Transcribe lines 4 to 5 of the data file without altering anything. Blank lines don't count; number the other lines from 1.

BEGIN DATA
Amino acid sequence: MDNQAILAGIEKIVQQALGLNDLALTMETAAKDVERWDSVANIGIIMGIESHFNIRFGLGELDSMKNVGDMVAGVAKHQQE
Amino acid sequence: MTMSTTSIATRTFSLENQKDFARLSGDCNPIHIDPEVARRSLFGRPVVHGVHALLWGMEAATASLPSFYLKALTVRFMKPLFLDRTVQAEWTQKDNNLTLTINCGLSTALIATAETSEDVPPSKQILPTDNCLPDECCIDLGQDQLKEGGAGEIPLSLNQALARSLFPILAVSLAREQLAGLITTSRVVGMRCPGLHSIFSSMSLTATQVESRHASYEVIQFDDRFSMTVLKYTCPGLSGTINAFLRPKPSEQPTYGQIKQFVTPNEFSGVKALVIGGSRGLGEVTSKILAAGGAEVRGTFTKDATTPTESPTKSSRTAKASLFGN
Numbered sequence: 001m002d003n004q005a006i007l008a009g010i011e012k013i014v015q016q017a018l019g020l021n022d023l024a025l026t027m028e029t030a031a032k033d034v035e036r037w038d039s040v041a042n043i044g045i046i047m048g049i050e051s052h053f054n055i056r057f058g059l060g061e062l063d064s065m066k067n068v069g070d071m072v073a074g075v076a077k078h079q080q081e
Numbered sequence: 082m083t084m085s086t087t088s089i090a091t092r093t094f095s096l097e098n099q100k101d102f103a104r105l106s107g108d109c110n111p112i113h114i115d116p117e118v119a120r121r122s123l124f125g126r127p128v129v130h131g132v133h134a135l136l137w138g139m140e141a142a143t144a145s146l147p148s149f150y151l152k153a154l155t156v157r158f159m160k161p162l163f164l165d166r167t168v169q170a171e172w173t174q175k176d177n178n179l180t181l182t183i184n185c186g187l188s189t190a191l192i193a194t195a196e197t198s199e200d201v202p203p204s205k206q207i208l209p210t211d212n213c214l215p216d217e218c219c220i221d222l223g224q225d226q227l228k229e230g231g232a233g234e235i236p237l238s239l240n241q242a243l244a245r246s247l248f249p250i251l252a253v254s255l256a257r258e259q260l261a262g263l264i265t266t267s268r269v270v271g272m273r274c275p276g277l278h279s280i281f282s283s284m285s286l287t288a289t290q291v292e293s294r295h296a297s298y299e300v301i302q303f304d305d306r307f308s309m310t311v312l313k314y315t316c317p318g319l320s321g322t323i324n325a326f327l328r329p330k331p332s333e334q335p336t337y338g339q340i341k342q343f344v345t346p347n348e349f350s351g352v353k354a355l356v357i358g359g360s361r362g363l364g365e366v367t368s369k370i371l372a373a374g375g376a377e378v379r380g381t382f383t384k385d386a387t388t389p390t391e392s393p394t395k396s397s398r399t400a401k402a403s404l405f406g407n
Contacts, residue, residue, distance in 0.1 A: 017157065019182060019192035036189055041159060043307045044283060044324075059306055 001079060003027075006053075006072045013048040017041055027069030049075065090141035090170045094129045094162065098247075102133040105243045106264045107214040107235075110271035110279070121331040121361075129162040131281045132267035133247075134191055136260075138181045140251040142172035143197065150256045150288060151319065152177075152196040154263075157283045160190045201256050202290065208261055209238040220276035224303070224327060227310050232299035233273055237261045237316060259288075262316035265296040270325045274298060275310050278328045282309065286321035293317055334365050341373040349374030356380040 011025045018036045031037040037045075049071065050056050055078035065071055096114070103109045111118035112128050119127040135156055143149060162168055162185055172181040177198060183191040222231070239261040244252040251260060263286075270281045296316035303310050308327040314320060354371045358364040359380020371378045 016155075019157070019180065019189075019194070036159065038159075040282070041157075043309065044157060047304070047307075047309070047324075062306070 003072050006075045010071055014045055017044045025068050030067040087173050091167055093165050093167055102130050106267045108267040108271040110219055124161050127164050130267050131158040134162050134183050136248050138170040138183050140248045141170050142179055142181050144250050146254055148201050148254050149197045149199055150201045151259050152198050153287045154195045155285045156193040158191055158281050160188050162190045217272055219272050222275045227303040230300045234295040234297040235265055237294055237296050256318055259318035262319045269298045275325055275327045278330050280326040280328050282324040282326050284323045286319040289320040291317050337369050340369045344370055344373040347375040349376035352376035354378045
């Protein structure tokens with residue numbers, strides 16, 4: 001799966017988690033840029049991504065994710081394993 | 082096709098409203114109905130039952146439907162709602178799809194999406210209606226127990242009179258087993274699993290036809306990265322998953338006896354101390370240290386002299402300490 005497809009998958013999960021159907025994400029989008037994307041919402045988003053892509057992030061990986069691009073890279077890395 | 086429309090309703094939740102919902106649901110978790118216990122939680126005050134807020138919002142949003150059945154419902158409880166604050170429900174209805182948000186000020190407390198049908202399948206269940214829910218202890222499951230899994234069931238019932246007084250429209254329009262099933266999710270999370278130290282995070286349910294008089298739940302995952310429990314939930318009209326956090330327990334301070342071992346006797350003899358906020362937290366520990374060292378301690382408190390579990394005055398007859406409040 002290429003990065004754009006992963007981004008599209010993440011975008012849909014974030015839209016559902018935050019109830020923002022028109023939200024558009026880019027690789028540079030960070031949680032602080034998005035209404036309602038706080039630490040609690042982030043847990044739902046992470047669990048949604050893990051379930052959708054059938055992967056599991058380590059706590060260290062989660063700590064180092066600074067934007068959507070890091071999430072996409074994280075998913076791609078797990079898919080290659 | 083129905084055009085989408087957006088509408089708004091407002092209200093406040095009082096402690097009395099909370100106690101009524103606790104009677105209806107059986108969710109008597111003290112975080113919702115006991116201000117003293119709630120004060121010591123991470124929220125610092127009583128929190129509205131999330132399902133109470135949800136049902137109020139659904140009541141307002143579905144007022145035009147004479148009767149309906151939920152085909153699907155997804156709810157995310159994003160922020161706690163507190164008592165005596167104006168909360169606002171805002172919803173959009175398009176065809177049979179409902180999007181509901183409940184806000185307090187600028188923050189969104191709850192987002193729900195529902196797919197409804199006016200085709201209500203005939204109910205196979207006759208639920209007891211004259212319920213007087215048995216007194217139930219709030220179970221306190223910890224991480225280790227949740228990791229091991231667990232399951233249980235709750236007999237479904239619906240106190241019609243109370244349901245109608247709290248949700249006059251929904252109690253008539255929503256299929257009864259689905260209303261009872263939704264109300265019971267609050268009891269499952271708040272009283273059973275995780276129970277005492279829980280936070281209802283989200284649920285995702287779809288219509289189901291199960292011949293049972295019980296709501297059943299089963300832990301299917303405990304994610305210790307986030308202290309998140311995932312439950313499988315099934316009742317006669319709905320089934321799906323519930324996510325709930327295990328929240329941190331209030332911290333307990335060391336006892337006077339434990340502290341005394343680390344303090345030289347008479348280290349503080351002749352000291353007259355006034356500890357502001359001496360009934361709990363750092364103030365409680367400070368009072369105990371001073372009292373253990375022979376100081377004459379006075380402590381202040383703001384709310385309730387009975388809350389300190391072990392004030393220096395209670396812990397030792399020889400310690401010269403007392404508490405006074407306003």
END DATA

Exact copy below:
Numbered sequence: 082m083t084m085s086t087t088s089i090a091t092r093t094f095s096l097e098n099q100k101d102f103a104r105l106s107g108d109c110n111p112i113h114i115d116p117e118v119a120r121r122s123l124f125g126r127p128v129v130h131g132v133h134a135l136l137w138g139m140e141a142a143t144a145s146l147p148s149f150y151l152k153a154l155t156v157r158f159m160k161p162l163f164l165d166r167t168v169q170a171e172w173t174q175k176d177n178n179l180t181l182t183i184n185c186g187l188s189t190a191l192i193a194t195a196e197t198s199e200d201v202p203p204s205k206q207i208l209p210t211d212n213c214l215p216d217e218c219c220i221d222l223g224q225d226q227l228k229e230g231g232a233g234e235i236p237l238s239l240n241q242a243l244a245r246s247l248f249p250i251l252a253v254s255l256a257r258e259q260l261a262g263l264i265t266t267s268r269v270v271g272m273r274c275p276g277l278h279s280i281f282s283s284m285s286l287t288a289t290q291v292e293s294r295h296a297s298y299e300v301i302q303f304d305d306r307f308s309m310t311v312l313k314y315t316c317p318g319l320s321g322t323i324n325a326f327l328r329p330k331p332s333e334q335p336t337y338g339q340i341k342q343f344v345t346p347n348e349f350s351g352v353k354a355l356v357i358g359g360s361r362g363l364g365e366v367t368s369k370i371l372a373a374g375g376a377e378v379r380g381t382f383t384k385d386a387t388t389p390t391e392s393p394t395k396s397s398r399t400a401k402a403s404l405f406g407n
Contacts, residue, residue, distance in 0.1 A: 017157065019182060019192035036189055041159060043307045044283060044324075059306055 001079060003027075006053075006072045013048040017041055027069030049075065090141035090170045094129045094162065098247075102133040105243045106264045107214040107235075110271035110279070121331040121361075129162040131281045132267035133247075134191055136260075138181045140251040142172035143197065150256045150288060151319065152177075152196040154263075157283045160190045201256050202290065208261055209238040220276035224303070224327060227310050232299035233273055237261045237316060259288075262316035265296040270325045274298060275310050278328045282309065286321035293317055334365050341373040349374030356380040 011025045018036045031037040037045075049071065050056050055078035065071055096114070103109045111118035112128050119127040135156055143149060162168055162185055172181040177198060183191040222231070239261040244252040251260060263286075270281045296316035303310050308327040314320060354371045358364040359380020371378045 016155075019157070019180065019189075019194070036159065038159075040282070041157075043309065044157060047304070047307075047309070047324075062306070 003072050006075045010071055014045055017044045025068050030067040087173050091167055093165050093167055102130050106267045108267040108271040110219055124161050127164050130267050131158040134162050134183050136248050138170040138183050140248045141170050142179055142181050144250050146254055148201050148254050149197045149199055150201045151259050152198050153287045154195045155285045156193040158191055158281050160188050162190045217272055219272050222275045227303040230300045234295040234297040235265055237294055237296050256318055259318035262319045269298045275325055275327045278330050280326040280328050282324040282326050284323045286319040289320040291317050337369050340369045344370055344373040347375040349376035352376035354378045